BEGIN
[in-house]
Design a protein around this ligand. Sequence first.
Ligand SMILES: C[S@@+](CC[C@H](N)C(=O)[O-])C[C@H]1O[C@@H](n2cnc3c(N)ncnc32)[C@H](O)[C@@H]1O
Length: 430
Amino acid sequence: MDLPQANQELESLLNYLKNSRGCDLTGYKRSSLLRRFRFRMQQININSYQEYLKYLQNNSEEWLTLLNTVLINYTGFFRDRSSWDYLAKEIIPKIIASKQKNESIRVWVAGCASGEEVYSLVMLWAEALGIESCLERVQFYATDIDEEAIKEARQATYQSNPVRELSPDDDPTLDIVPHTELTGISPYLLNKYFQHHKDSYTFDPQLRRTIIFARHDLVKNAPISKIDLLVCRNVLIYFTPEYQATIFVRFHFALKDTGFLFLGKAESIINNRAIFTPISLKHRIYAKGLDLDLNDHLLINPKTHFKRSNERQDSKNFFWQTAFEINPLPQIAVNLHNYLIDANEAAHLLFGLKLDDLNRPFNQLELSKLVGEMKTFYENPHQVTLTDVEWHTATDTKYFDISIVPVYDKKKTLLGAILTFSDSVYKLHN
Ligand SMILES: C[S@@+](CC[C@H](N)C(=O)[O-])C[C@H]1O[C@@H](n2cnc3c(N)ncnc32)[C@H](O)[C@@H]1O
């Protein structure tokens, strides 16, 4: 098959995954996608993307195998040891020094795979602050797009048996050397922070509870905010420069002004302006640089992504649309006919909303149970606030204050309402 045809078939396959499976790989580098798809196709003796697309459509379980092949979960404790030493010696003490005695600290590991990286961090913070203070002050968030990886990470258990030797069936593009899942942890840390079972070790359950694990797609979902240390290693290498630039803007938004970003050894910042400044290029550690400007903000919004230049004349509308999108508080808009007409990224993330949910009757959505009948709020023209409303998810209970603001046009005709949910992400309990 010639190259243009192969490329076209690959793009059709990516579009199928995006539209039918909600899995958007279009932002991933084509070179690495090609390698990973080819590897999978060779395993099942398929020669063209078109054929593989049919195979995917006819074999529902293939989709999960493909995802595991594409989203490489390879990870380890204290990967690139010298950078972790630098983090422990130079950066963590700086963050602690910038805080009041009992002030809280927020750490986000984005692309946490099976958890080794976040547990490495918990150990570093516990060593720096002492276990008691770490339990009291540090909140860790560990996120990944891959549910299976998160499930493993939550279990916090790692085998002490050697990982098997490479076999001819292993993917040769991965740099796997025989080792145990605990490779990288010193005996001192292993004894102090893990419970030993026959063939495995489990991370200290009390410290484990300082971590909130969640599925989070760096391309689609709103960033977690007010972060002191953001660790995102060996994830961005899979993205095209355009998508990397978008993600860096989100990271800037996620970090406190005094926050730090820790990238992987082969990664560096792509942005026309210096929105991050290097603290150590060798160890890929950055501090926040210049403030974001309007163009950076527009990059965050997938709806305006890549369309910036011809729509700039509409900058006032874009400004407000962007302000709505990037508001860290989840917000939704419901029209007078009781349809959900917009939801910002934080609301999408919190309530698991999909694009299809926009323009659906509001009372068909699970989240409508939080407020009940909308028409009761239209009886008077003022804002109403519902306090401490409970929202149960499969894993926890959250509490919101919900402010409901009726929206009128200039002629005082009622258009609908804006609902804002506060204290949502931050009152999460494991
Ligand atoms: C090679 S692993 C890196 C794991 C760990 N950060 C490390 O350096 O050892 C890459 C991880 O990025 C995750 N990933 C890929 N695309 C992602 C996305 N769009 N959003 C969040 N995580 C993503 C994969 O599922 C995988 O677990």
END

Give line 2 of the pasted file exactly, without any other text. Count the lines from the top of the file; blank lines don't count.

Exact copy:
Design a protein around this ligand. Sequence first.